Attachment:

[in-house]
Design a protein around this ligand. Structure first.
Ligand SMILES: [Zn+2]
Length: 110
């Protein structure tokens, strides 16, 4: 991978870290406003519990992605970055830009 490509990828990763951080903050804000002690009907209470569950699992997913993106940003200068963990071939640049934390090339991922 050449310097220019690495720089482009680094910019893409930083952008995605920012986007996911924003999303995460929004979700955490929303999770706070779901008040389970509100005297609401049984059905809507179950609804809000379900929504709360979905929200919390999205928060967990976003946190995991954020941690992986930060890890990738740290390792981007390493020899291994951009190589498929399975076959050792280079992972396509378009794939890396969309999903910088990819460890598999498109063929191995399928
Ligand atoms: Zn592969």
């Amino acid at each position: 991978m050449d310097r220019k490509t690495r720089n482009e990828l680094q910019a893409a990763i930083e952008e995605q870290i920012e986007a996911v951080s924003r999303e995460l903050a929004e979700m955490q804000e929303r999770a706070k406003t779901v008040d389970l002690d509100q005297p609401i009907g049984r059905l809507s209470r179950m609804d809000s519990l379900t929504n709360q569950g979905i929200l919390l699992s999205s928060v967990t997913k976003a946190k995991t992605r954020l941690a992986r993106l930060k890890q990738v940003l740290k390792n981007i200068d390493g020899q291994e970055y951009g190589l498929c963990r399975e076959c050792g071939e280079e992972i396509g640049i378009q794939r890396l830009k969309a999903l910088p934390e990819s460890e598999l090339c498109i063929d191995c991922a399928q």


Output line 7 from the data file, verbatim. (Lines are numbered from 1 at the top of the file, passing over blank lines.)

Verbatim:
């Amino acid at each position: 991978m050449d310097r220019k490509t690495r720089n482009e990828l680094q910019a893409a990763i930083e952008e995605q870290i920012e986007a996911v951080s924003r999303e995460l903050a929004e979700m955490q804000e929303r999770a706070k406003t779901v008040d389970l002690d509100q005297p609401i009907g049984r059905l809507s209470r179950m609804d809000s519990l379900t929504n709360q569950g979905i929200l919390l699992s999205s928060v967990t997913k976003a946190k995991t992605r954020l941690a992986r993106l930060k890890q990738v940003l740290k390792n981007i200068d390493g020899q291994e970055y951009g190589l498929c963990r399975e076959c050792g071939e280079e992972i396509g640049i378009q794939r890396l830009k969309a999903l910088p934390e990819s460890e598999l090339c498109i063929d191995c991922a399928q």